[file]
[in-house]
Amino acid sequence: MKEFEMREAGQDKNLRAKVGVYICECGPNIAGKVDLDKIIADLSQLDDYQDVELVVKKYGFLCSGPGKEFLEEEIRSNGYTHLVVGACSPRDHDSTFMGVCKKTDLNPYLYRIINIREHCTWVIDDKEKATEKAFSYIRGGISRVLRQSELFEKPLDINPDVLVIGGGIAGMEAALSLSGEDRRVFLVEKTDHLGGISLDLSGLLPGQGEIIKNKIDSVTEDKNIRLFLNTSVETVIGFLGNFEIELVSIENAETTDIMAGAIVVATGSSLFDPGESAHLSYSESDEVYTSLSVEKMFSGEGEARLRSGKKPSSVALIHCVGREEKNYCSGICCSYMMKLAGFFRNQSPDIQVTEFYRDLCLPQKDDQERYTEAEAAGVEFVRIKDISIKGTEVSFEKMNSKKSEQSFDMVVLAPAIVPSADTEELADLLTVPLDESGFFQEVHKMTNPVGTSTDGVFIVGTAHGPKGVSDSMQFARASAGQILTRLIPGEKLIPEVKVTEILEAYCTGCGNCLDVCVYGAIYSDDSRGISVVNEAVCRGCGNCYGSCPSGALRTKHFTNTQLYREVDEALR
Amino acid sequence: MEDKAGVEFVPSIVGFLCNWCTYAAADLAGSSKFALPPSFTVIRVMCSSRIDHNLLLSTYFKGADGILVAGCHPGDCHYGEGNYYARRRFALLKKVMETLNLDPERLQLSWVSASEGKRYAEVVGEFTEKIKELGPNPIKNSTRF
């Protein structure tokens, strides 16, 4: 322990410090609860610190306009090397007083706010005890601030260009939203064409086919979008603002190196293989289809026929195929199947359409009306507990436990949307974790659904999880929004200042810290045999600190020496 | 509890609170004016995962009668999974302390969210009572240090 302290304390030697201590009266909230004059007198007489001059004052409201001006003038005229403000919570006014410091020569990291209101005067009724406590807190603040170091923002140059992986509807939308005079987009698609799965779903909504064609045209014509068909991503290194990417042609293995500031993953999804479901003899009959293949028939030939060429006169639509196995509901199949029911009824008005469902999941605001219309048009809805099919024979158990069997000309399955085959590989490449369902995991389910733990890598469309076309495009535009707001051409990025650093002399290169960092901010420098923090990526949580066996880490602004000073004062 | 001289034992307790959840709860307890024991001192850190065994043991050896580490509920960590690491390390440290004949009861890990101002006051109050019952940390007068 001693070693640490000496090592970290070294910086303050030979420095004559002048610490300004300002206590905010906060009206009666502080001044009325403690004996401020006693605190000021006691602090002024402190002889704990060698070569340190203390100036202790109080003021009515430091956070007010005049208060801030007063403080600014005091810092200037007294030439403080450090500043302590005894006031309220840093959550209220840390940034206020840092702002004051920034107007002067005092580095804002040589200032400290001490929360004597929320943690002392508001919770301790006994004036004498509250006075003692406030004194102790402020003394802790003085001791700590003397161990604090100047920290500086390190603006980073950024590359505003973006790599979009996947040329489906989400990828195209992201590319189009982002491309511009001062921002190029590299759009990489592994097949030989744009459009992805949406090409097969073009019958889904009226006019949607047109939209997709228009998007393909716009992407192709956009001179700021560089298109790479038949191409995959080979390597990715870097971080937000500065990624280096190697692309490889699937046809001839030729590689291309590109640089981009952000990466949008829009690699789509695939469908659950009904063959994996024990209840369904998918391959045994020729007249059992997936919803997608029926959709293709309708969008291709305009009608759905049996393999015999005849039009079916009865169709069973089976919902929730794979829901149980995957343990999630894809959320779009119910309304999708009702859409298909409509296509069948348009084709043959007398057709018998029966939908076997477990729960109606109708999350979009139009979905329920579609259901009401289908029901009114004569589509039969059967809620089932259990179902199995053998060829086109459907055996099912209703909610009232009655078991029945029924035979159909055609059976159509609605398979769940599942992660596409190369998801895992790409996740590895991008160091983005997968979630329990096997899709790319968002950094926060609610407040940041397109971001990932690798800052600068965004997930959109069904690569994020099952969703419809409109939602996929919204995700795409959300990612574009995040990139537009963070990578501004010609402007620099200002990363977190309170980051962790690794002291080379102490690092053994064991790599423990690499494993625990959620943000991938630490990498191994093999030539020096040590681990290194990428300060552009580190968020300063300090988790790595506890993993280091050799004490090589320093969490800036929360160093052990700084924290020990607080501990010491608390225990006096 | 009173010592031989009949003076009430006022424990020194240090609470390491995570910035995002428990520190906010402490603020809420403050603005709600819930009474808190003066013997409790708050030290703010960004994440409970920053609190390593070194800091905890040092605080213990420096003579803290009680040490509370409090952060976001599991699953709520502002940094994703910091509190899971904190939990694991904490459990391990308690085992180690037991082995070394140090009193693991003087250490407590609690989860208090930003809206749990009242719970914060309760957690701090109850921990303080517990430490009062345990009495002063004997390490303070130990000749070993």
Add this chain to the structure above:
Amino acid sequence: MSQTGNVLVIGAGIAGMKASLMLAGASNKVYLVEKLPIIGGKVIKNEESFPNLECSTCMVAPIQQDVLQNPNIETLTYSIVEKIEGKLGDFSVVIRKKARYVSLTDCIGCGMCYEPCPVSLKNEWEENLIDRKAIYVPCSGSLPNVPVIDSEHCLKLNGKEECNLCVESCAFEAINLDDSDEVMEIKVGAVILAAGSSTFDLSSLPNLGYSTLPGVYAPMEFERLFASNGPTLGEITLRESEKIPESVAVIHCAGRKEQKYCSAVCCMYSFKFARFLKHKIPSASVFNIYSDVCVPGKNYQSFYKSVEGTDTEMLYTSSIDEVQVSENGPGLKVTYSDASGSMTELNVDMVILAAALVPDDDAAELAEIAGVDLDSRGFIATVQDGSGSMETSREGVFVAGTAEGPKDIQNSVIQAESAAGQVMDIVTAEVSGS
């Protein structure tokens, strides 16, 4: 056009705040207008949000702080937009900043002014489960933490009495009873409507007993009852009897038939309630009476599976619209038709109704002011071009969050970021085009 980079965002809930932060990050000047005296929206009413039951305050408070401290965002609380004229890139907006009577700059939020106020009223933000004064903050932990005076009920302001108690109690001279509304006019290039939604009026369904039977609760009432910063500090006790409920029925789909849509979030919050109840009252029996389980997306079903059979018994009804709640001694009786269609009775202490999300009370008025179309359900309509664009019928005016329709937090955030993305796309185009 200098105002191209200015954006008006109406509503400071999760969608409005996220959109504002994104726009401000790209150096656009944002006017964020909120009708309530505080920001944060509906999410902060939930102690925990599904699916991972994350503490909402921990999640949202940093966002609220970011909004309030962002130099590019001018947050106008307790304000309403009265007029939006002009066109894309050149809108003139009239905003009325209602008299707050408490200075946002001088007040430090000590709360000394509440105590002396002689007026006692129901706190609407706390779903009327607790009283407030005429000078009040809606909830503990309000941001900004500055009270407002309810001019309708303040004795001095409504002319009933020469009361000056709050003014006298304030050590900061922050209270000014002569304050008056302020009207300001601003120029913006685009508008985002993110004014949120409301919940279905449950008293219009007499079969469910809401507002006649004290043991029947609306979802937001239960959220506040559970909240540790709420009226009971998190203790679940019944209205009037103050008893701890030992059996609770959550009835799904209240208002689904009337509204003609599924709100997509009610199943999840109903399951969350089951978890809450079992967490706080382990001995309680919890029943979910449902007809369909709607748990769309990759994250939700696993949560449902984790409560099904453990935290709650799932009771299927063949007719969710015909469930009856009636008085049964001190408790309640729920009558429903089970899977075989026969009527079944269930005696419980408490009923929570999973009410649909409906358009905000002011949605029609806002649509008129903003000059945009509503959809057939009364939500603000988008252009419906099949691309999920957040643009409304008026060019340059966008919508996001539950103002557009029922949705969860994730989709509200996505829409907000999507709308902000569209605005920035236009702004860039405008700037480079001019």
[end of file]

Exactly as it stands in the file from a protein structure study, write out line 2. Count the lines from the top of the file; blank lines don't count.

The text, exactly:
Amino acid sequence: MKEFEMREAGQDKNLRAKVGVYICECGPNIAGKVDLDKIIADLSQLDDYQDVELVVKKYGFLCSGPGKEFLEEEIRSNGYTHLVVGACSPRDHDSTFMGVCKKTDLNPYLYRIINIREHCTWVIDDKEKATEKAFSYIRGGISRVLRQSELFEKPLDINPDVLVIGGGIAGMEAALSLSGEDRRVFLVEKTDHLGGISLDLSGLLPGQGEIIKNKIDSVTEDKNIRLFLNTSVETVIGFLGNFEIELVSIENAETTDIMAGAIVVATGSSLFDPGESAHLSYSESDEVYTSLSVEKMFSGEGEARLRSGKKPSSVALIHCVGREEKNYCSGICCSYMMKLAGFFRNQSPDIQVTEFYRDLCLPQKDDQERYTEAEAAGVEFVRIKDISIKGTEVSFEKMNSKKSEQSFDMVVLAPAIVPSADTEELADLLTVPLDESGFFQEVHKMTNPVGTSTDGVFIVGTAHGPKGVSDSMQFARASAGQILTRLIPGEKLIPEVKVTEILEAYCTGCGNCLDVCVYGAIYSDDSRGISVVNEAVCRGCGNCYGSCPSGALRTKHFTNTQLYREVDEALR